The man who introduced THE SMURFS to America will be allowed to represent himself when he goes to trial over an alleged extortion plot.
Stuart R. Ross, who bought the rights to the animated blue characters in the 1970s and launched them in the U.S., was arrested in 2008 and accused of attempting to extort money from his wealthy son-in-law David Blitzer.
He has pleaded not guilty to charges of grand larceny and attempted grand larceny and was held without bail following a court hearing last month (May10).
A judge in New York has now granted Ross' request to act as his own attorney and offered him release from jail on a $200,000 (£133,333) bond - but Ross is apparently unable to come up with the money after making some "bad investments".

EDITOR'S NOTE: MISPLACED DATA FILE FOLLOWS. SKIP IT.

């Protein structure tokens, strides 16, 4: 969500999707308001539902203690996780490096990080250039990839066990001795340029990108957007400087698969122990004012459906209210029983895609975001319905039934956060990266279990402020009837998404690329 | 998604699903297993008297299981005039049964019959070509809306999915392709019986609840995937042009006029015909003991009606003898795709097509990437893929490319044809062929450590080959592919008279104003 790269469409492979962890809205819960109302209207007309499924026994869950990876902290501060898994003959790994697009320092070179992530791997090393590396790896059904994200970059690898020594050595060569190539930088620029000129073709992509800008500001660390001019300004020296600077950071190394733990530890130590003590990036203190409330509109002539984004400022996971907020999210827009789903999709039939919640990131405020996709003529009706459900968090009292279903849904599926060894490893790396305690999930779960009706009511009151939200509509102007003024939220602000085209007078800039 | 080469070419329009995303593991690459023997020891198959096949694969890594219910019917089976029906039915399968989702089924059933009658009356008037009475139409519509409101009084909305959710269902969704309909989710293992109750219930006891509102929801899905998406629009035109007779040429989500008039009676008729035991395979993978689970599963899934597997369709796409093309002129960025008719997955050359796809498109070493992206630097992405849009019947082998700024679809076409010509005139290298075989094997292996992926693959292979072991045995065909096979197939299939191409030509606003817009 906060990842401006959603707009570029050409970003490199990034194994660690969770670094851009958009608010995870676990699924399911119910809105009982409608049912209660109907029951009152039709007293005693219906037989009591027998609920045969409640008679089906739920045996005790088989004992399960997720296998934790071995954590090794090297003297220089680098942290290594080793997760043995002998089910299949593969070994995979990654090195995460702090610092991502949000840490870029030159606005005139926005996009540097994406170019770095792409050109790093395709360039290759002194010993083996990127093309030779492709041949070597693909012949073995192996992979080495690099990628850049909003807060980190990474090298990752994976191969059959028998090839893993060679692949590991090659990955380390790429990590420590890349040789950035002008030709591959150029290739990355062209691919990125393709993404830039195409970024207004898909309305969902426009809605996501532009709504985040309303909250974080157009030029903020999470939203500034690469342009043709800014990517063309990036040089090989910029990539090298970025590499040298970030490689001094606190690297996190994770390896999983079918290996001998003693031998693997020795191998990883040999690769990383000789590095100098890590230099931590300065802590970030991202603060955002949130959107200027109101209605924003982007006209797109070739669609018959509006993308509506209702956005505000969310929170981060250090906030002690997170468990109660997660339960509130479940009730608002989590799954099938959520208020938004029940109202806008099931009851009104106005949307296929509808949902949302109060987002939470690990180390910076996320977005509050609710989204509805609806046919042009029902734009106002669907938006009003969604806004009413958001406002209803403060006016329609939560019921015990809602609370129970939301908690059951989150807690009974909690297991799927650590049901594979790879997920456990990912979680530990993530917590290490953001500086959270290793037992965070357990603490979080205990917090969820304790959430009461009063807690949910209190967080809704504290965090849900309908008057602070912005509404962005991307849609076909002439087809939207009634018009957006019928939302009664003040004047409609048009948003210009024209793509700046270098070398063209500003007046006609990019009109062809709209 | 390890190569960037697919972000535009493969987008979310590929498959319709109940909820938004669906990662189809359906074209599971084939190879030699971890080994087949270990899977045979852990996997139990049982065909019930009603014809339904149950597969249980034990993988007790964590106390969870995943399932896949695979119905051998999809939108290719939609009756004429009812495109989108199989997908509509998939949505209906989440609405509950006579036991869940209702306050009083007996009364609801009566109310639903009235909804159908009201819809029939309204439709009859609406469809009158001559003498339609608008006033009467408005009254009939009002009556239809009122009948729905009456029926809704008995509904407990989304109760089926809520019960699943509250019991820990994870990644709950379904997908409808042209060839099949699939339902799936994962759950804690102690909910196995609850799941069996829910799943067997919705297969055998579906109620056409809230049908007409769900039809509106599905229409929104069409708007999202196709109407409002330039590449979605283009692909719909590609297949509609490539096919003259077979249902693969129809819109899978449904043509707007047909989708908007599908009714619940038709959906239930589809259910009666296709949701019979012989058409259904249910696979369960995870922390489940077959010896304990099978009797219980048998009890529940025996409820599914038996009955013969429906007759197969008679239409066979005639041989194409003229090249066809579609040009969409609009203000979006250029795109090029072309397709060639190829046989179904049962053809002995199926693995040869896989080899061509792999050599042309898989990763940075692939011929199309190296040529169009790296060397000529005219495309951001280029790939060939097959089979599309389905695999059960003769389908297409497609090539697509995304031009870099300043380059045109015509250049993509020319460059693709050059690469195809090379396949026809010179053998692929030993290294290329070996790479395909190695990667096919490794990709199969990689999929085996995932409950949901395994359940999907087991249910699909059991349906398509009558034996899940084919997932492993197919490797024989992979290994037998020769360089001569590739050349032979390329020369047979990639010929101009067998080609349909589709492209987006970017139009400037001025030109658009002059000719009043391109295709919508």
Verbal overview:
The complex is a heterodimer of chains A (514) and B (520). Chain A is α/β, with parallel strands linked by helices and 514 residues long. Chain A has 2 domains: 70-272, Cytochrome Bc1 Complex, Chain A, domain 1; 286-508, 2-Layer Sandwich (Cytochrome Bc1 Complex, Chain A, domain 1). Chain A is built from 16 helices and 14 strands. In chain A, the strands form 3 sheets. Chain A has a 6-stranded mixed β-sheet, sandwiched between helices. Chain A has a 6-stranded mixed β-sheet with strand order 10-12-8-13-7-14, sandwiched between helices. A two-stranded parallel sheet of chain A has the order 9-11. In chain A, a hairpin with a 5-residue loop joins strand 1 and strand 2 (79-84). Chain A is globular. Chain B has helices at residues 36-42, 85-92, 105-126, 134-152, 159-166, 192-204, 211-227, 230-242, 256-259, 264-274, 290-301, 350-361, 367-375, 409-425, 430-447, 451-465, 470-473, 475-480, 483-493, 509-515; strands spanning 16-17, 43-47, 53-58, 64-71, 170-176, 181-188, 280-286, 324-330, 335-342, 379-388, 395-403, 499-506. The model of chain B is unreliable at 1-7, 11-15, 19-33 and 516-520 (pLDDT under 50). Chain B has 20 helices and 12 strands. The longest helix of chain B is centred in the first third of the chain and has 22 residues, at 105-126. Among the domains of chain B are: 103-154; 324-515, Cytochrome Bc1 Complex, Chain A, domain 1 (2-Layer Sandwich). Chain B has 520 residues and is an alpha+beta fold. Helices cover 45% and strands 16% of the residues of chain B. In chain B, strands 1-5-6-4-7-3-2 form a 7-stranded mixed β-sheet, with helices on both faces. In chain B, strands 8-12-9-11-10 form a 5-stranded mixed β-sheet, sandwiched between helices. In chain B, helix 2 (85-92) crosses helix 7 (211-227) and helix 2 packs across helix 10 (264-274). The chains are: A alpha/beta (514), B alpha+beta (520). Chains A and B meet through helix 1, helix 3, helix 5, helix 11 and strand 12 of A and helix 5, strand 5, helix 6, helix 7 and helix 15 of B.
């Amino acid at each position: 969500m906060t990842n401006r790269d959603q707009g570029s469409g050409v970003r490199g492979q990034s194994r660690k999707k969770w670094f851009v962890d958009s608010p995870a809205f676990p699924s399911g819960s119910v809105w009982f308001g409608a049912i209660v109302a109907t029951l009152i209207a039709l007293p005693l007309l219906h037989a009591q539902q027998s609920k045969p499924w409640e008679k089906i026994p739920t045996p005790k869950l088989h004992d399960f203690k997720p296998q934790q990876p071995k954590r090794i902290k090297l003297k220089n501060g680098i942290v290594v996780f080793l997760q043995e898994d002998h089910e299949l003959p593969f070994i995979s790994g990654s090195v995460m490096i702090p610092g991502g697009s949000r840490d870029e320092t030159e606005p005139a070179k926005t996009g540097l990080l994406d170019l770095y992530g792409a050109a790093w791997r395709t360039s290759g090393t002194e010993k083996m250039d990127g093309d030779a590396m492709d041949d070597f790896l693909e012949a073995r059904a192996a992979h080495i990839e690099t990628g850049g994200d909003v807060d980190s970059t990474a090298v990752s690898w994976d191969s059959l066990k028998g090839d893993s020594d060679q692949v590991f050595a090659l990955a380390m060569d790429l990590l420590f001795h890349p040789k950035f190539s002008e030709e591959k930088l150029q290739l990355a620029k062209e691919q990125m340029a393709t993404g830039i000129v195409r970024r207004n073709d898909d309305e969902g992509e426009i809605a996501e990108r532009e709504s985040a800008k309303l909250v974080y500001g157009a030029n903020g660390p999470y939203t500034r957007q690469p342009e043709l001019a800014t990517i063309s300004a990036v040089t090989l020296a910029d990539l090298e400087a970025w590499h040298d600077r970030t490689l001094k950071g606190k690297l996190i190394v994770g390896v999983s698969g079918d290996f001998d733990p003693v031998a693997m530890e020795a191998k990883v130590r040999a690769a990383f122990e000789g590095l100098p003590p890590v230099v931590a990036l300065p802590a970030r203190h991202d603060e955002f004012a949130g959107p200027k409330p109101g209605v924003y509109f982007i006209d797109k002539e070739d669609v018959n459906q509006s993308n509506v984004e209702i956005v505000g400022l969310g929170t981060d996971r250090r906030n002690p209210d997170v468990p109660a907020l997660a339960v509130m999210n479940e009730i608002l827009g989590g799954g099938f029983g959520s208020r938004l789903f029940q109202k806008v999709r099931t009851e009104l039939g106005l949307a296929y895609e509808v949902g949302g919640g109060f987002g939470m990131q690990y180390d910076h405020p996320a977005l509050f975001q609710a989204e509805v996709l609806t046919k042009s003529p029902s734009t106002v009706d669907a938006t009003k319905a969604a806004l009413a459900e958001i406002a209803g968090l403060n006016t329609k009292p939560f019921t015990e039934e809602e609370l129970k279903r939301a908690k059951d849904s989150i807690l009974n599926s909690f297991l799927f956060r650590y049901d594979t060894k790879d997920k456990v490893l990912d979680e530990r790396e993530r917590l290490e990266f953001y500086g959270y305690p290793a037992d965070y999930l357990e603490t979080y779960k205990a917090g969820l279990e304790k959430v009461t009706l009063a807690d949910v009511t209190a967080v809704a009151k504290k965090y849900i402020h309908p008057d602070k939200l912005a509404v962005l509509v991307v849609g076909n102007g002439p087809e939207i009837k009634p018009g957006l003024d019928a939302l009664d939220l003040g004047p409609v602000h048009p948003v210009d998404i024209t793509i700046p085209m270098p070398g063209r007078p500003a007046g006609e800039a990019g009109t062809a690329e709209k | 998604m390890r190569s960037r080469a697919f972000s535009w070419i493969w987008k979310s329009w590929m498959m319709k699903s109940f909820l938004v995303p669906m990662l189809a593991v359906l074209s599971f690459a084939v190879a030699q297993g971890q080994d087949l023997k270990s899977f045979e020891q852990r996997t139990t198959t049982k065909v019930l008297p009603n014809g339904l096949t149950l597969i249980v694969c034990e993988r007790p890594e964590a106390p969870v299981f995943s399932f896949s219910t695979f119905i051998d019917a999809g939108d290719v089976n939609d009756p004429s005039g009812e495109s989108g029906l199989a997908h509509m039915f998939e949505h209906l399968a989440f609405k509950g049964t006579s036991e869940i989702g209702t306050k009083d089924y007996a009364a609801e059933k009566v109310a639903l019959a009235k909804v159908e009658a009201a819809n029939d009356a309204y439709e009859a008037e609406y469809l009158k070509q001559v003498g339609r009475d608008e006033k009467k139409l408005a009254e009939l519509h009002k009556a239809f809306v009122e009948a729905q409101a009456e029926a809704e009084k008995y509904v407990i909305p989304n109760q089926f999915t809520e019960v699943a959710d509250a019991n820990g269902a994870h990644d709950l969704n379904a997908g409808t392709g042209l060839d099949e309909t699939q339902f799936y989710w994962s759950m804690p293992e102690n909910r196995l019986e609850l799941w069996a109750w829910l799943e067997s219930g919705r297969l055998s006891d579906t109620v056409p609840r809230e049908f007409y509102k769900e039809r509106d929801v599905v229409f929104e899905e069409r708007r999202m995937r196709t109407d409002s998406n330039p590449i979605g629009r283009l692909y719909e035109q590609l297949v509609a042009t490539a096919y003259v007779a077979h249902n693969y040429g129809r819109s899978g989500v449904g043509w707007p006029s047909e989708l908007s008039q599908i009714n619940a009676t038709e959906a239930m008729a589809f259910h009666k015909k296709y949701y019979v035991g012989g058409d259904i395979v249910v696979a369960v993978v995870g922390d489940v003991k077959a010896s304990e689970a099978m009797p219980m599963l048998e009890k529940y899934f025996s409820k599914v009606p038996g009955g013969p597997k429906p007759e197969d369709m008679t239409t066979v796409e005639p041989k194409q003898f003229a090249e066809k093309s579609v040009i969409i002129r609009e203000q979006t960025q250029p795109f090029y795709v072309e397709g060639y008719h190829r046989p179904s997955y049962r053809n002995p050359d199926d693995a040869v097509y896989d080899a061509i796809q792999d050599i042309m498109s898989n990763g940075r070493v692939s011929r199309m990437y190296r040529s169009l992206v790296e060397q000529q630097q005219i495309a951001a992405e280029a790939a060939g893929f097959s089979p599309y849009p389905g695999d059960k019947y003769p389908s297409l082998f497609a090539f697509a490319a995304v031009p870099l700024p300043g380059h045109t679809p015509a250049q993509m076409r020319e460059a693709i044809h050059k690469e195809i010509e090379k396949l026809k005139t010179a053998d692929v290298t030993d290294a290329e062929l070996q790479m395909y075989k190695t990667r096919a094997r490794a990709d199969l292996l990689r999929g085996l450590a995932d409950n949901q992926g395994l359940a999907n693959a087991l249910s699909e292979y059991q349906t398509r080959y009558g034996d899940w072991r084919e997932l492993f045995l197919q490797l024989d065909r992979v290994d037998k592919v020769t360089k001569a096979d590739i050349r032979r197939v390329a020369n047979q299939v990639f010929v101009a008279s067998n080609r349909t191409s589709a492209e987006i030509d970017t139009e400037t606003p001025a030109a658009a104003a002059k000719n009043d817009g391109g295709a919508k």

Ross, a former lawyer, also told the court he has been diagnosed with leukaemia. He will be back in court on 28 June (10) for a pre-trial hearing, according to Bloomberg BusinessWeek.
Ross acquired the rights to The Smurfs after discovering the cartoon characters on a trip to Europe and launched them in America with a TV show, merchandise and 1983 film The Smurfs and the Magic Flute. The characters will be back on the big screen next year (11) in a live action film starring Neil Patrick Harris, Katy Perry and Hank Azaria.